In the comments section of the last post, Marlo asked about the hardware.  I found it on-line at House of Antique Hardware.  I chose this particular hardware for a couple of reasons.  1.  My client likes simplicity and clean lines; therefore, I knew the buffet would have little detailing, but it needed SOME interest.  I thought prominent hardware would add some punch, but since it's actually useful, Babs wouldn't consider it unnecessary.  I also like the matt black finish because it co-ordinates with the oil-rubbed bronze finishes throughout the house.  I don't mind mixing finishes, but when you're going for a simple look, co-ordinating them does add polish.  And a dark finish always looks striking when the paint colours used for walls, trim, and doors is light.  2. Because I wanted a vintage feel reminiscent of the beautiful bookcases by BoBo intriguing objects, I thought using traditional H-L hinges and latches instead of pulls would give that feeling of age.   3.  I liked the hardware, and I'm the decorator, and what I say goes (sometimes...actually not that often, but sometimes).  The details didn't photograph, but are really nice in person..the backing of the cabinets is beadboard, the sides are planked, and we specificed thin, thin, thin layers of paint so that you can still make out the graining.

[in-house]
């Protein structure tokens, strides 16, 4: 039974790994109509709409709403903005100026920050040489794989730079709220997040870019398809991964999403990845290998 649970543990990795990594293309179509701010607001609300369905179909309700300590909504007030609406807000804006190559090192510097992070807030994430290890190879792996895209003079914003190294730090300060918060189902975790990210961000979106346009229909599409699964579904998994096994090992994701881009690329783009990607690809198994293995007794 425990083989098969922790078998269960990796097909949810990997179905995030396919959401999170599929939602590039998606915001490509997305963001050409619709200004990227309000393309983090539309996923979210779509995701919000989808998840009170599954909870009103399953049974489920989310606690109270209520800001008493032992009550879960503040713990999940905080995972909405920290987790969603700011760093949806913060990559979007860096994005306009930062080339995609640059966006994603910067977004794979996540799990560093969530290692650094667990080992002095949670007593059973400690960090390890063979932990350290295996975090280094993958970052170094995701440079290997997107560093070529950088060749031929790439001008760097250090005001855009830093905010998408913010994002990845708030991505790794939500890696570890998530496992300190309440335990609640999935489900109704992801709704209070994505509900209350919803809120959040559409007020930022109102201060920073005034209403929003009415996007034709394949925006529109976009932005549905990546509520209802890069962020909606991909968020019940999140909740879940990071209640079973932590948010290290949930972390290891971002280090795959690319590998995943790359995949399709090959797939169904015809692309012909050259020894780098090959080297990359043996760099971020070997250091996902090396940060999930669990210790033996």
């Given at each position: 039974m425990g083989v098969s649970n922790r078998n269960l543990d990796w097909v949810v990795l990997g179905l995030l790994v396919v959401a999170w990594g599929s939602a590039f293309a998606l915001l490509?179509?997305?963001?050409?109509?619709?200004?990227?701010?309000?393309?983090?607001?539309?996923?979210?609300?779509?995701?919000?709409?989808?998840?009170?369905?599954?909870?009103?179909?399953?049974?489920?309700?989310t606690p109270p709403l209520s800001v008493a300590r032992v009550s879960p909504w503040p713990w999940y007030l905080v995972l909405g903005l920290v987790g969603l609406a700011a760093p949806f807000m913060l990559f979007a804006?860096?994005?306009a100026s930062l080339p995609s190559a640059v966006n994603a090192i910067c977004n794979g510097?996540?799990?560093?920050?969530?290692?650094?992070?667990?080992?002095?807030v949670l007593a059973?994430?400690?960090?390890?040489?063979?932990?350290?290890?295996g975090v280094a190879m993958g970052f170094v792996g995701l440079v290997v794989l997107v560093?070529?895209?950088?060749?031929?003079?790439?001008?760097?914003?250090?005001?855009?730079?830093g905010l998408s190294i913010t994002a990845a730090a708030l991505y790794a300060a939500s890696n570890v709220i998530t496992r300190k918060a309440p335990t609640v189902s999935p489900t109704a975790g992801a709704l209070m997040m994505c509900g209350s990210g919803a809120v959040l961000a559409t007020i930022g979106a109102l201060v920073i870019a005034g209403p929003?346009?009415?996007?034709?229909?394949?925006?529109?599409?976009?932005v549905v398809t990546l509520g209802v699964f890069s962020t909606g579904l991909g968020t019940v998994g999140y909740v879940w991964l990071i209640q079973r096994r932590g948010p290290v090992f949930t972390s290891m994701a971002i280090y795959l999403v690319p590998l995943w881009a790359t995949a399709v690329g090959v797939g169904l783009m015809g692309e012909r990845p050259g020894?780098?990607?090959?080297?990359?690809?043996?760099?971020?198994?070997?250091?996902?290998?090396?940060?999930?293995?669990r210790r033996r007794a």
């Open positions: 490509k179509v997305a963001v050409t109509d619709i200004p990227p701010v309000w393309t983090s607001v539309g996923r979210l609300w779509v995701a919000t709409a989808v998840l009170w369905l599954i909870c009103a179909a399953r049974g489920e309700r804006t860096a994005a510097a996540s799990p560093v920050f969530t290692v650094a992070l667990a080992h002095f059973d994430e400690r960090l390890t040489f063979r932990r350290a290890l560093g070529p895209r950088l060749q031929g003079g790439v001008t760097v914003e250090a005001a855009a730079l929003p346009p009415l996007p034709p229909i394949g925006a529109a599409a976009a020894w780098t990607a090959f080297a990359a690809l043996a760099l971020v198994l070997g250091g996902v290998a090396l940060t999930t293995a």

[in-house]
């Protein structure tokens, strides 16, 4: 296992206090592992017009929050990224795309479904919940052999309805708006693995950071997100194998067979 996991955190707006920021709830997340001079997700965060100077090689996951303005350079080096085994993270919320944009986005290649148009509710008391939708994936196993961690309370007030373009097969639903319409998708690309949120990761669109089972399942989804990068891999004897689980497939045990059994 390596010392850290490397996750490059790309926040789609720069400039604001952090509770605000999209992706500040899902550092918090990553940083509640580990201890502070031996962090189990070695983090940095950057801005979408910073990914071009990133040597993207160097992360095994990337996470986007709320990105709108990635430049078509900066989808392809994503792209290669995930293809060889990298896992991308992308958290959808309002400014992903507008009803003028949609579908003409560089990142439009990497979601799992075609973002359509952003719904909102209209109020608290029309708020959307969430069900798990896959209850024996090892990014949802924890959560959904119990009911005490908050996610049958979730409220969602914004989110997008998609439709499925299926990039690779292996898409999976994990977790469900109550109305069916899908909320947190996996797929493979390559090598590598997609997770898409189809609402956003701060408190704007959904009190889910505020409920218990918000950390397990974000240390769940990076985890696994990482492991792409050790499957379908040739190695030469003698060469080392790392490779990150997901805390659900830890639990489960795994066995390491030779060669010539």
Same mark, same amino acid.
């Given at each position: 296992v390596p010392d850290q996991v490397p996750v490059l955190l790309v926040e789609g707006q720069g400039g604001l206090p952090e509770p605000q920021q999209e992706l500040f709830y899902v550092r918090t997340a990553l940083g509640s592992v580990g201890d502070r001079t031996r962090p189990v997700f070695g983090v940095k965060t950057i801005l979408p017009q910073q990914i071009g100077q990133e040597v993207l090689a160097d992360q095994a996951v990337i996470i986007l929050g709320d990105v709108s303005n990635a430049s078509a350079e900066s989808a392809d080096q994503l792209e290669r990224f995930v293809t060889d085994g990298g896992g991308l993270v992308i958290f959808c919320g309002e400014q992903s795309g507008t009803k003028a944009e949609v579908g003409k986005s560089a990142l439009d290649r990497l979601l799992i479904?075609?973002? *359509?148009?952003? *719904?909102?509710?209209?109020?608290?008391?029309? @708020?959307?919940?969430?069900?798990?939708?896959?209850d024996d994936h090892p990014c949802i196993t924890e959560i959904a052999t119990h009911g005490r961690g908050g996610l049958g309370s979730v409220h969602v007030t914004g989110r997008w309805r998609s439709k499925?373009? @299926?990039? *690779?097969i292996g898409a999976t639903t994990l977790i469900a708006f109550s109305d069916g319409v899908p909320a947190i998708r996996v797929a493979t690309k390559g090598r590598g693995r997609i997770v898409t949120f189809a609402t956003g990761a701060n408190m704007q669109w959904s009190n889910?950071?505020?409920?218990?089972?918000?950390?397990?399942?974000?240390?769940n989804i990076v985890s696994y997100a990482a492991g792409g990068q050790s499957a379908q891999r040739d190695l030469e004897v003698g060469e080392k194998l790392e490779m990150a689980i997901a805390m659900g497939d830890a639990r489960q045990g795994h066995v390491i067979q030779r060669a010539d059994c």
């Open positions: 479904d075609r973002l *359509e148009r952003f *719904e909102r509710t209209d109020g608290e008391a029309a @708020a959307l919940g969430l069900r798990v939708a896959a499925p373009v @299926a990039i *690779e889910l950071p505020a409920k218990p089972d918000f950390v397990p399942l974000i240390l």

5.  Finish up.  Actually....that I haven't done yet.  We need something permanent for the table, candle sconce to flank the art and something for the side wall.  But, this has been a project I've loved working on, and I couldn't wait to share it.

6 comments:

Marlo said...

Thank you so much for answering my hardware question and the "whys" of how you pulled the room together - I really appreciate it and I find all the information very helpful. I love hearing the details.

You also answered questions I didn't ask but that I thought about (didn't want to bombard you with too many questions) and it's great that you figured out what I was thinking and answered them anyway. You are good! :)

What about the chandelier? Why that one and not, for example, a rectangular style with glass pillars?

When you write the next post, when the dining room is completed, I hope you can talk about scale and balance and whether you ever use The Divine Proportion.

You must feel so proud of the room - and you
should. :)

Design Optimist said...